Tuesday, May 3, 2011

On The Week's Top Five

1. OBL, Part I

Here is the thing that may be forgotten: For approximately one hour after the president of the United States called a press conference on a Sunday night on the first day of May, no one seemed to know exactly what it was for. That in itself is almost as remarkable as the capture of the most-wanted terrorist in the world. We live in a world that is post-suspense, post-surprise; everything is leaked and nothing is secret, not even the most base and uninteresting cables involving domestic protocol with Norweigan diplomats--but somehow, for that hour, the biggest story of the decade remained entirely unconfirmed. Weirdly, in the past year, there have been precisely two live televised moments that have engendered absolute suspense: One involved a the escape of a perceived villain (LeBron James), and the other involved the capture of an actual villain. So it goes.

2. OBL, Part II

I've never seen a crowd quite like the one that clogged the streets of my hometown on the night we learned OBL was apprehended. It is fascinating that the killing of a terrorist could somehow draw a bigger crowd than a victory over Ohio State, and I'm sure part of it was the timing of finals week and the need to blow off steam and the fact that Penn State students will utilize any excuse to gather in the streets and block traffic, but underlying it all I have to imagine there was something genuine here, in the fact that these gatherings took place on campuses across America, in the fact that a generation that has grown up with almost universally terrible news about its country finally found a reason to embrace it. You could argue that they were too blithely celebrating death, but it would ignorant not to recognize that they also believed they were commemorating some kind of rebirth.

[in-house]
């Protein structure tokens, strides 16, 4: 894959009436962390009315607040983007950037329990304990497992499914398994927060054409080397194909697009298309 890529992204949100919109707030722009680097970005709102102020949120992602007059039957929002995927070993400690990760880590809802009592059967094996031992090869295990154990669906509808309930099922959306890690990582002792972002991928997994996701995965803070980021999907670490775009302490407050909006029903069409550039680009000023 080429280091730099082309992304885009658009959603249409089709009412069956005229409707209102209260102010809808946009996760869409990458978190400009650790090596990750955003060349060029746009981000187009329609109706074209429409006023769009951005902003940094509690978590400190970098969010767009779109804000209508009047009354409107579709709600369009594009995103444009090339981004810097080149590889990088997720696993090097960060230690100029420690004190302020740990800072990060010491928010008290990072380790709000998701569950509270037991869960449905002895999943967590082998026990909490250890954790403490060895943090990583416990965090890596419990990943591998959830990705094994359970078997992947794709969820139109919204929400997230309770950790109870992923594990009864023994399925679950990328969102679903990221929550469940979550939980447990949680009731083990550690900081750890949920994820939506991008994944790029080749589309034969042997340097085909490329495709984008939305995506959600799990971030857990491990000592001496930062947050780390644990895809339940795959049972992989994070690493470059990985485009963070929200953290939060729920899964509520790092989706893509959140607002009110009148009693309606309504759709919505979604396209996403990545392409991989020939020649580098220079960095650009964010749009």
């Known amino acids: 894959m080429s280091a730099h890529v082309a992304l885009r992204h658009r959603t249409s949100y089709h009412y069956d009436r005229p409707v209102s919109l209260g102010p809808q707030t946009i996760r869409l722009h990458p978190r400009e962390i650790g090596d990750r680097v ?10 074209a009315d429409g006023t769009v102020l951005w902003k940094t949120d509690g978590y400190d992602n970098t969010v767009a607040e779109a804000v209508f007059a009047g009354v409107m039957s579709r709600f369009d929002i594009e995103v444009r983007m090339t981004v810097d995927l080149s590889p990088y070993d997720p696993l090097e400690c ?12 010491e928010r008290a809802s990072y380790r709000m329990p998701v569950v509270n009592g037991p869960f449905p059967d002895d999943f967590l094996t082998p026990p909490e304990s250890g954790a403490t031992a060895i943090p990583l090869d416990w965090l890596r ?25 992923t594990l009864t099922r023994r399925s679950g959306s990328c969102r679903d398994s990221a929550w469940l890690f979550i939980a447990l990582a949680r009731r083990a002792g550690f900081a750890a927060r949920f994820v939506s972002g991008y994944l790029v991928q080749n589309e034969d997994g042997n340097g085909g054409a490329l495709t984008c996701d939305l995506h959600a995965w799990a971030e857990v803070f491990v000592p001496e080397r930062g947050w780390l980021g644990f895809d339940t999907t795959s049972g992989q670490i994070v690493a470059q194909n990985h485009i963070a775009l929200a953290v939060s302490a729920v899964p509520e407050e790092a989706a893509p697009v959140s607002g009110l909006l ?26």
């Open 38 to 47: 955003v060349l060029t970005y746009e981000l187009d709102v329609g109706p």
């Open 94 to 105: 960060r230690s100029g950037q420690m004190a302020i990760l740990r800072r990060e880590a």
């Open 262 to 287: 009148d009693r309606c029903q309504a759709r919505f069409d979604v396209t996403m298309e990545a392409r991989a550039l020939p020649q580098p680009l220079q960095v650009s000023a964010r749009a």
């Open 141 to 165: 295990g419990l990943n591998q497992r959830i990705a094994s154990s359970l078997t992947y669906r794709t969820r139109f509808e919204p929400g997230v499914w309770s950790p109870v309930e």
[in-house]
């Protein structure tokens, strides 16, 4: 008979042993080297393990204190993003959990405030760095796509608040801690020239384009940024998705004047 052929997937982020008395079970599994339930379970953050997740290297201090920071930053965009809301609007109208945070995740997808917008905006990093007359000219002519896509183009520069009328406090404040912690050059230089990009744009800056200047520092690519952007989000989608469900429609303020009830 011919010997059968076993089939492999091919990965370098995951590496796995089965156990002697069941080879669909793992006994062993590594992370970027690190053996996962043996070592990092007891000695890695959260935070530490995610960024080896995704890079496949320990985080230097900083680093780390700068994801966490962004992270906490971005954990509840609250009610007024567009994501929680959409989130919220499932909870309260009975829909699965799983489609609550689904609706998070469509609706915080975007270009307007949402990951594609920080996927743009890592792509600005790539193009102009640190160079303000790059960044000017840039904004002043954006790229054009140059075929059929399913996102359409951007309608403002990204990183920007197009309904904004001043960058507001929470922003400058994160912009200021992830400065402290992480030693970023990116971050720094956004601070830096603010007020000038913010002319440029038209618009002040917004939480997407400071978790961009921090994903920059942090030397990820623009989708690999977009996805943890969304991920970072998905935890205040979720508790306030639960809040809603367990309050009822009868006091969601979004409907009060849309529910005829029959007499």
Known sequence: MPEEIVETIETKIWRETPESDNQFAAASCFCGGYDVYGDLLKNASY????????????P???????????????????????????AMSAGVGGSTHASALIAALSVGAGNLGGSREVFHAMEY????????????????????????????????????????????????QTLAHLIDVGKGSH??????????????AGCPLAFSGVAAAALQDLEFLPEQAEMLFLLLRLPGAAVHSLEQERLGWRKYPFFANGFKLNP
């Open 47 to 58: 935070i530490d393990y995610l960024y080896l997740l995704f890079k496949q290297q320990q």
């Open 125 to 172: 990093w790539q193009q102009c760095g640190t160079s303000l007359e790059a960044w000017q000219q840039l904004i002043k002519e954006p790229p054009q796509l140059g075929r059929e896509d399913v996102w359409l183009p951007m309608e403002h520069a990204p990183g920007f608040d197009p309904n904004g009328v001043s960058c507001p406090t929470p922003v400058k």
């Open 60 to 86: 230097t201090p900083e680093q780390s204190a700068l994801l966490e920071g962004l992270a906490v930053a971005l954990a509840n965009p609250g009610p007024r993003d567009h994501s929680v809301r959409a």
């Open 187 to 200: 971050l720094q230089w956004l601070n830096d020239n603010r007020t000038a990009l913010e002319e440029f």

3. The Dumbest Article of the Week...

Manages to malign the endings of both Cheers and The Sopranos for both ambiguity and "glumness," which, of course, is exactly what made them two of the best endings in television history.   

4. Watching

Solitary Man. The second-best Michael Douglas, post-"Michael Douglas" movie of all time.*

5. Reading

Grantland. Opening salvo here and here. 

*This is number one. 

1 comment:

Eric P said...

Excellent point about a cathartic rebirth of sorts, Michael. Thanks for that take.

As for universally bad news about our "awful" country is, though, whose fault is that? Rhetorical question, really, especially when discussing college campuses where Zinn and Chomsky's "history" books and more teachers than not paint a picture of a more wart-infested US than a place of overall greatness with some warts (still hard to believe one of my history profs was a conservative who creaked open my then-ultra-lefty brain). Our President's global apology-fest hasn't helped either, but I digress from the bigger picture at Penn State: this is what happens when you ban the Mifflin Streak, AKA the best way to blow off steam during finals week. Durned feminists...